I have often reflected, both in this column and elsewhere, on the cyclical nature of our business. Here we are in January, first month of the year, and some of those cycles are due to begin again. I’ve always thought of this process as an annual cycle, beginning in January and ending right after the winter holidays (since not much happens between the holidays in December and the first of the year, business-wise.)
But some things have happened in the last few days that cause me to think of these cycles over the longer term. Some of them seem to take decades, and yet the wheel does come around. Sometimes, as with winter, you simply have to have faith that spring is coming again. The cycles take care of many things, and because of that we have sayings such as “everything that goes up must come down,” “what goes around comes around,” and my personal favorite, “time wounds all heels.”
So most of us know what the annual cycles are, and we will get to them. But step back for a moment and take a look at the larger cycles, what they mean to AV, and even more importantly, what they could mean to the rental and staging end of the business:
The Big Voices: From the time I got into the technology business, now almost 30 years ago, I’ve been fortunate enough to do events for some of the big voices, whoever happened to be a big voice at the time. And there has always been a big voice. Bill Gates and Larry Ellison gave way to Steve Jobs, Jeff Bezos, etc. But if you pay attention to the newspapers and wire services, you’ll see that the big voice is now the collective small voice, thanks to social media. Oh sure, there are still stars, and there are still spokesmen, but it’s social media that promotes them to that position (for a while). In business, especially our business, this makes it harder to chart a path because you can’t simply pick a guru anymore. The gurus come and go, and depend absolutely on the support of collective voices to stay there.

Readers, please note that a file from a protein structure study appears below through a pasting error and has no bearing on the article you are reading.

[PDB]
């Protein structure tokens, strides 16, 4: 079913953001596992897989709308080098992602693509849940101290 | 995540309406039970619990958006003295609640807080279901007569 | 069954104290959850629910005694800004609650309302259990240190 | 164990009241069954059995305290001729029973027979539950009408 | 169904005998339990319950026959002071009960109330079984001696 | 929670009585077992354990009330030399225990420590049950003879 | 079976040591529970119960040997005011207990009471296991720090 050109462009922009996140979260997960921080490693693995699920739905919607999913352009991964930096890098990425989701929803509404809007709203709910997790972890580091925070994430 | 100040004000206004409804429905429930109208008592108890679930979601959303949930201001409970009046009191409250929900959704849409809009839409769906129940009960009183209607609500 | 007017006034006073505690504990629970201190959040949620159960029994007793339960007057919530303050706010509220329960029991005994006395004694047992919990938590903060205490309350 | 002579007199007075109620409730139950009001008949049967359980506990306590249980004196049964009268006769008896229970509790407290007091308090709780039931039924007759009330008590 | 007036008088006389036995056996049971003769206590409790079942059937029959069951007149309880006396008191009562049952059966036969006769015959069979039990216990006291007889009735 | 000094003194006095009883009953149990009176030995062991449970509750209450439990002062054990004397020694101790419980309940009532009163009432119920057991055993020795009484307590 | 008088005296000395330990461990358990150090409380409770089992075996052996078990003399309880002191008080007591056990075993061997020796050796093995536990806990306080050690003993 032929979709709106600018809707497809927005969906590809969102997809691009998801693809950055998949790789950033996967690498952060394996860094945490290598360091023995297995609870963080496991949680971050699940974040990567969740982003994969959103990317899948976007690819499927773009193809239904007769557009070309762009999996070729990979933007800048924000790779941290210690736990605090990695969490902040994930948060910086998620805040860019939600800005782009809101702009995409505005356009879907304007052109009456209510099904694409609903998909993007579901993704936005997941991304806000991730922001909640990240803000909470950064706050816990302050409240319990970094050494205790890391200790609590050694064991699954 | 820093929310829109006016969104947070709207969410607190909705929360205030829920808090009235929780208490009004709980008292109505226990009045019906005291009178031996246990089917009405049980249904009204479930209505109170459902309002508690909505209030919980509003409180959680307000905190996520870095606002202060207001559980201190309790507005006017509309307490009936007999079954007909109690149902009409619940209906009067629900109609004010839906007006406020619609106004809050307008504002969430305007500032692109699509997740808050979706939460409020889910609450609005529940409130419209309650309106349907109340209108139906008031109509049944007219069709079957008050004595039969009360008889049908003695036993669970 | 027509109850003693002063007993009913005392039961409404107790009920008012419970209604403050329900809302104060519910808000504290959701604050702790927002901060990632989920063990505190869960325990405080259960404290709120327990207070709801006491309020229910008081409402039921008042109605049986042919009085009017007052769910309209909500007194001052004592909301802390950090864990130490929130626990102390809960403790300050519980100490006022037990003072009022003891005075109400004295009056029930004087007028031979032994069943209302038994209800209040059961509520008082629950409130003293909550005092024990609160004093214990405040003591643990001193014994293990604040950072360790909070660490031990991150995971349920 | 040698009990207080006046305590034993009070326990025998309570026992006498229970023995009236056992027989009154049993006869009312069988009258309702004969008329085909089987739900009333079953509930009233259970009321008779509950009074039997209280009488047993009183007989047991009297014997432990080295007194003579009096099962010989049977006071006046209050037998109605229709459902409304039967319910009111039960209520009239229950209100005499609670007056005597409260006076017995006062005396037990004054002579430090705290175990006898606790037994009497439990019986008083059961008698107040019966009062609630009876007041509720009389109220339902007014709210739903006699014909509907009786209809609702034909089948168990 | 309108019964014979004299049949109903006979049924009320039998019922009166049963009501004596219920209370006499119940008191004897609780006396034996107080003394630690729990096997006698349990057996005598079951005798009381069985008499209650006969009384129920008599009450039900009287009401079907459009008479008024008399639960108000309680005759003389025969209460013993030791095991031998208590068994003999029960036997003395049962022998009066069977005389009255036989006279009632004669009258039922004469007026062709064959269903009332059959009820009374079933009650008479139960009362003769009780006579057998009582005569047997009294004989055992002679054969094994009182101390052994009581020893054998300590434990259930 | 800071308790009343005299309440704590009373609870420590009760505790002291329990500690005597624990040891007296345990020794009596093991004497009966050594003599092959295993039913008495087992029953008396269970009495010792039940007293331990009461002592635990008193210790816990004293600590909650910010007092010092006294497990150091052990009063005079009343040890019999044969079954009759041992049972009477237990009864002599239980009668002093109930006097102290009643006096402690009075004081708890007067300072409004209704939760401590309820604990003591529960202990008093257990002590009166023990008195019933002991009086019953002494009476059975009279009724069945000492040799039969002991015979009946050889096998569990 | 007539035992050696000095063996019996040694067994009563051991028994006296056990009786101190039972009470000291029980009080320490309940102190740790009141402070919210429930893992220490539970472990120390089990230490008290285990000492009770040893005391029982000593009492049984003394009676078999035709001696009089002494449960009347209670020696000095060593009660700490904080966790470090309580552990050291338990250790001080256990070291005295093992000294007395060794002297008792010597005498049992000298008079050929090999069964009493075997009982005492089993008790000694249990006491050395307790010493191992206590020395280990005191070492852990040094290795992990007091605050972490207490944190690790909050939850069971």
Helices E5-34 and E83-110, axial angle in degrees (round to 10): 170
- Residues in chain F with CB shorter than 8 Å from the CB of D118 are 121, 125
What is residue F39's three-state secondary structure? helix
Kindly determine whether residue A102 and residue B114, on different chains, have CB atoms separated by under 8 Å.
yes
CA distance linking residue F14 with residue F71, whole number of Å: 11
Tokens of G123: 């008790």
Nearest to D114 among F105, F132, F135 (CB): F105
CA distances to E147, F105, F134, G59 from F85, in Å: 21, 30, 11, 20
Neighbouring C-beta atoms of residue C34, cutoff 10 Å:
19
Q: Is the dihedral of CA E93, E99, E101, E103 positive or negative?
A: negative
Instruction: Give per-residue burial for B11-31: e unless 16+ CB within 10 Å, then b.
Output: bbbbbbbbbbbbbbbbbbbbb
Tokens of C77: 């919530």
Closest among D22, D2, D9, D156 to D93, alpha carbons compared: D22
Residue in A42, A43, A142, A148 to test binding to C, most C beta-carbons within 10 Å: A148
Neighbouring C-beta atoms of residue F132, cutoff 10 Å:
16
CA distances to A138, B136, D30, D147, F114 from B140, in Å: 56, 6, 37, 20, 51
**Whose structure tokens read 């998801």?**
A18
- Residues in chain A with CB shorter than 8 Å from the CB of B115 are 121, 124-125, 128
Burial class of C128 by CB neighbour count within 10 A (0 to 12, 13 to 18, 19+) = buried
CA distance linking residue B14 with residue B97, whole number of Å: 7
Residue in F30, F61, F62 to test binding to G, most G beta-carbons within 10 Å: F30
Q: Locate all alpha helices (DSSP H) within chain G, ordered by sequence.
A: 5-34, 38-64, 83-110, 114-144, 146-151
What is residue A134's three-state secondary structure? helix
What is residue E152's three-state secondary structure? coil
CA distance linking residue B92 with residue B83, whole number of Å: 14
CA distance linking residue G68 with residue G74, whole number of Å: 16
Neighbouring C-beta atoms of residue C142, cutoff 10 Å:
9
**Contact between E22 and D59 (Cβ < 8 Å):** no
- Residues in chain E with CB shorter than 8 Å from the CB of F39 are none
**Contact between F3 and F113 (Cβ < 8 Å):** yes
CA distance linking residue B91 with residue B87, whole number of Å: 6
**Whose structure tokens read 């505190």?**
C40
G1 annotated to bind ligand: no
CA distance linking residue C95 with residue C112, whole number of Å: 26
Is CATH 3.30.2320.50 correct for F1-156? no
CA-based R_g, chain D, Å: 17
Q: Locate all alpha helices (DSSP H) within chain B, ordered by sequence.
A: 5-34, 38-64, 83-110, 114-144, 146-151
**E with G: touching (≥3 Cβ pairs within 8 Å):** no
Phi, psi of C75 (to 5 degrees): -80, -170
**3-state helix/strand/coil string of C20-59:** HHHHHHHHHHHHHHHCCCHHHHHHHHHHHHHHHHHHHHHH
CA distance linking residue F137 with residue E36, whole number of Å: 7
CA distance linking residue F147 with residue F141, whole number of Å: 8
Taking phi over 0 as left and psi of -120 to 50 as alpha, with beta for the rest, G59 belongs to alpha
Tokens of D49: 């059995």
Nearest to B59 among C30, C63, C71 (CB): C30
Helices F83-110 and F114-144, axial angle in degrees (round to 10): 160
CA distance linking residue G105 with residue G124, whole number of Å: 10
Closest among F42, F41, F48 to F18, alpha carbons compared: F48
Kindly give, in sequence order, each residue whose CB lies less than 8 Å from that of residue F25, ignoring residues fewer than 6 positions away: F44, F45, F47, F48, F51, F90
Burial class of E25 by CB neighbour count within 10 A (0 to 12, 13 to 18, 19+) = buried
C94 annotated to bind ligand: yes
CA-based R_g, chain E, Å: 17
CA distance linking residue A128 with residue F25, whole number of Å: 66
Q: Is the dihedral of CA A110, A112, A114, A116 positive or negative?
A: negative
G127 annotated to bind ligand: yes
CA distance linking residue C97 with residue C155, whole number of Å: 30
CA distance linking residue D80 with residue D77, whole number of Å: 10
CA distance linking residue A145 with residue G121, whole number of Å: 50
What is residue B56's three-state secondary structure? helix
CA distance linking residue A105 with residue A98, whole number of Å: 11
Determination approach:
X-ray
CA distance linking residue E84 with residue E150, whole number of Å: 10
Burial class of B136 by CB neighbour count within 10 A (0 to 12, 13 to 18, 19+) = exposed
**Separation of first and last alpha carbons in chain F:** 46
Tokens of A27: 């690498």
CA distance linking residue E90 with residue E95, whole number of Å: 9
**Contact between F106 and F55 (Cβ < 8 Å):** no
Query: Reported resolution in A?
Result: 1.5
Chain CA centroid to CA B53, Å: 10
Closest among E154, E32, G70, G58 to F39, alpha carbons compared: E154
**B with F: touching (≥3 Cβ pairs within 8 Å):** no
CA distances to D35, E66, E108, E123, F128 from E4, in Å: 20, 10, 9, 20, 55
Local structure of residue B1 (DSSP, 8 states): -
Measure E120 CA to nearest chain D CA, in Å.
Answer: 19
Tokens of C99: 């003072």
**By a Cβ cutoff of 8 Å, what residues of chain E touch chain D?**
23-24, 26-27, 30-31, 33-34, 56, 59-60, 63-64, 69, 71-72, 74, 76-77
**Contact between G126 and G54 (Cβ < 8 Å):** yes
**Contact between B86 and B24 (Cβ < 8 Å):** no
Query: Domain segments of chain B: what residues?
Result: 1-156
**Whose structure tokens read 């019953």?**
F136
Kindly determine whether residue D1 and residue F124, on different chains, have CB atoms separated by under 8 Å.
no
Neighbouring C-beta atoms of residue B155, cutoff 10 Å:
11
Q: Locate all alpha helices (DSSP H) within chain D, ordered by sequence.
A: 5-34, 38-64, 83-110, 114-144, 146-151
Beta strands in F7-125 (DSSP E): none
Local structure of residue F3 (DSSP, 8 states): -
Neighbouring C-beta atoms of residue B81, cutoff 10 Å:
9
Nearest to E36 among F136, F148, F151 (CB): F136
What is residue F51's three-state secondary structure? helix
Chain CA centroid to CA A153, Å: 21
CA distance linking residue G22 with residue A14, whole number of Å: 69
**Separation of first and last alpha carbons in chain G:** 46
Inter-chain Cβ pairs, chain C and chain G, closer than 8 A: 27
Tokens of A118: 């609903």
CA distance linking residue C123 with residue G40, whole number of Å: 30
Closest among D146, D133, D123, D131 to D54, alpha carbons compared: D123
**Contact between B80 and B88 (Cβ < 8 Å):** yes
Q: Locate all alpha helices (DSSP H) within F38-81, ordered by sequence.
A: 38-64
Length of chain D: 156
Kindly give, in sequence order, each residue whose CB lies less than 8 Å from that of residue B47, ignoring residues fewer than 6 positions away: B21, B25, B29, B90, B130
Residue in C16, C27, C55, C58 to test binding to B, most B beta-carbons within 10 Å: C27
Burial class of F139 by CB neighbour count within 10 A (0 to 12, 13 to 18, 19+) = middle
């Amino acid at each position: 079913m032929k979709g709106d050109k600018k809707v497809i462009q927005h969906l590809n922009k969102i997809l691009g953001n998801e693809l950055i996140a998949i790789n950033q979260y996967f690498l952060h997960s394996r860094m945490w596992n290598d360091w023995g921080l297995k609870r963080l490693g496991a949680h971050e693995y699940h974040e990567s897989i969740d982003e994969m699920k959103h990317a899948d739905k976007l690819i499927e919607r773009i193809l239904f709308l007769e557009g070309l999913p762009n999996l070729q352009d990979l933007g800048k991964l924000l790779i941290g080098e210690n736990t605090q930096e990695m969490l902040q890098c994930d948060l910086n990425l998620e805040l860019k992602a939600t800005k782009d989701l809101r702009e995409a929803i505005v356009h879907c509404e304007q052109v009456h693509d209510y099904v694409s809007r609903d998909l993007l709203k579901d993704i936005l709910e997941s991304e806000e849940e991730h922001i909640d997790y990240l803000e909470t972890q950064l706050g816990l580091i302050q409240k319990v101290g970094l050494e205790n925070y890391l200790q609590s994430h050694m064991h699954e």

The Organizations: Speaking of staying there (and this is where never say never comes in), I was there in 2000 when the pundits declared that Apple was already out of business, they just didn’t know it yet. The mighty Microsoft was an unassailable giant who determined the direction of technology for all of us. Today, Apple is the most profitable company in the history of the world, with enough cash on hand to buy their competitors, or as one magazine recently pointed out, to buy a fleet of nuclear aircraft carriers. The lesson: Nobody’s hold on technology is permanent, not even Microsoft’s, or Apple’s.
The Technology: And what made that wheel go around? Once again, the small voice. A Silicon Valley company finally put its hands and its vision on a series of compelling consumer products, beginning with the humble iPod. I was at the launch, watching from the edge of the stage at the Moscone Center as Steve offered the iPod up to the amazed crowd. That revolutionary consumer technology and its adoption caused ripples throughout the technology world and made us re-examine our technical destiny.
The point of all this? It is almost spring, and we are off to the land of trade shows, product launches, and hype. But this time around, the power of the hype really rests with the masses. So no matter what our favorite technology gurus tell us at the upcoming cycle of shows, we are beginning to have a way to gauge their ultimate success.
Is this good? I’m not sure. Steve Jobs was famous for thinking that the crowd was not a good predictor of success because they could only look at technology in the light of what they already knew. This meant that we needed to inform them of what they would want next, and convince them, placing products in the market before they had mass acceptance. At that iPod launch, I can remember confused members of the press walking out holding iPods and asking each other, “Why would I want to go through ripping all my CDs for this?”, while the AV crew walked out jabbering to each other about how “this changes everything.”
Back to the annual cycle:
So I am off to ISE, InfoComm Live, InfoComm, and a host of other electronics trade shows. We will all be bombarded with the latest and greatest, carry home stacks of literature we don’t want anymore and will never read, all the while holding our smartphones in our hands, reading live posts about the thing that we are looking at in front of us.
The moral of the story? The shows are important, and the new products are important, but they are no longer only about telling us about this year’s product line. They are now equally, or maybe even predominantly, our immediate way of telling manufacturers what we think of them.
Vox Populi, Vox Dei.